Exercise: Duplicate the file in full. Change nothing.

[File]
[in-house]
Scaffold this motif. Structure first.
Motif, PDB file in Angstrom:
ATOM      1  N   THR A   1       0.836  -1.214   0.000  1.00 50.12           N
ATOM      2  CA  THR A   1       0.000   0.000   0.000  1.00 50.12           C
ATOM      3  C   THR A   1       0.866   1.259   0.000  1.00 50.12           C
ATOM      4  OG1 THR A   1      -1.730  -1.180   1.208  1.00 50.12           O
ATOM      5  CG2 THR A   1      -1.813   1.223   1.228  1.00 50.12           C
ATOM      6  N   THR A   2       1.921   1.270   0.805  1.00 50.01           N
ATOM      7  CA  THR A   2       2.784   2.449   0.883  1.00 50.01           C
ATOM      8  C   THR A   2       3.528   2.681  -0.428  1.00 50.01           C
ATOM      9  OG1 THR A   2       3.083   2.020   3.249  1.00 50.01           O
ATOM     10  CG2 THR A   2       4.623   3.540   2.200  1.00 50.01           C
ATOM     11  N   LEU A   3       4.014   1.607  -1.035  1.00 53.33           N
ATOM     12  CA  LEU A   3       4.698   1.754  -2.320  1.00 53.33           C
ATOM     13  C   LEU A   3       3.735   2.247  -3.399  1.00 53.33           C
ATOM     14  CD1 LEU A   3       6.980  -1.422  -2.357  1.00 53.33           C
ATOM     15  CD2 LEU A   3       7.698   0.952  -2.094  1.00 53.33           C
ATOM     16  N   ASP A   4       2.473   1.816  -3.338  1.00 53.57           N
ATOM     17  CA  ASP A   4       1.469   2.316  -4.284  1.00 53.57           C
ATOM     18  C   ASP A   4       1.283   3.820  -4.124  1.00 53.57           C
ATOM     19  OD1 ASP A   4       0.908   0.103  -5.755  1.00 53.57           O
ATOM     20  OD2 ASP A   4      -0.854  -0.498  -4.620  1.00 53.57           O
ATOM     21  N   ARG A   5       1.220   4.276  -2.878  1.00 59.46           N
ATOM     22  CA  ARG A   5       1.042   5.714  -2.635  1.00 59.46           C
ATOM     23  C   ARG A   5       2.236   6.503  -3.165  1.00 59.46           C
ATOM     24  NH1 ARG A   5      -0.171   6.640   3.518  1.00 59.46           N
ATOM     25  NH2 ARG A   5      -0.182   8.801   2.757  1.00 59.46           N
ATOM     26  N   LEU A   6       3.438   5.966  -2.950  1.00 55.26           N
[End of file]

[in-house]
Scaffold this motif. Structure first.
Motif, PDB file in Angstrom:
ATOM      1  N   THR A   1       0.836  -1.214   0.000  1.00 50.12           N
ATOM      2  CA  THR A   1       0.000   0.000   0.000  1.00 50.12           C
ATOM      3  C   THR A   1       0.866   1.259   0.000  1.00 50.12           C
ATOM      4  OG1 THR A   1      -1.730  -1.180   1.208  1.00 50.12           O
ATOM      5  CG2 THR A   1      -1.813   1.223   1.228  1.00 50.12           C
ATOM      6  N   THR A   2       1.921   1.270   0.805  1.00 50.01           N
ATOM      7  CA  THR A   2       2.784   2.449   0.883  1.00 50.01           C
ATOM      8  C   THR A   2       3.528   2.681  -0.428  1.00 50.01           C
ATOM      9  OG1 THR A   2       3.083   2.020   3.249  1.00 50.01           O
ATOM     10  CG2 THR A   2       4.623   3.540   2.200  1.00 50.01           C
ATOM     11  N   LEU A   3       4.014   1.607  -1.035  1.00 53.33           N
ATOM     12  CA  LEU A   3       4.698   1.754  -2.320  1.00 53.33           C
ATOM     13  C   LEU A   3       3.735   2.247  -3.399  1.00 53.33           C
ATOM     14  CD1 LEU A   3       6.980  -1.422  -2.357  1.00 53.33           C
ATOM     15  CD2 LEU A   3       7.698   0.952  -2.094  1.00 53.33           C
ATOM     16  N   ASP A   4       2.473   1.816  -3.338  1.00 53.57           N
ATOM     17  CA  ASP A   4       1.469   2.316  -4.284  1.00 53.57           C
ATOM     18  C   ASP A   4       1.283   3.820  -4.124  1.00 53.57           C
ATOM     19  OD1 ASP A   4       0.908   0.103  -5.755  1.00 53.57           O
ATOM     20  OD2 ASP A   4      -0.854  -0.498  -4.620  1.00 53.57           O
ATOM     21  N   ARG A   5       1.220   4.276  -2.878  1.00 59.46           N
ATOM     22  CA  ARG A   5       1.042   5.714  -2.635  1.00 59.46           C
ATOM     23  C   ARG A   5       2.236   6.503  -3.165  1.00 59.46           C
ATOM     24  NH1 ARG A   5      -0.171   6.640   3.518  1.00 59.46           N
ATOM     25  NH2 ARG A   5      -0.182   8.801   2.757  1.00 59.46           N
ATOM     26  N   LEU A   6       3.438   5.966  -2.950  1.00 55.26           N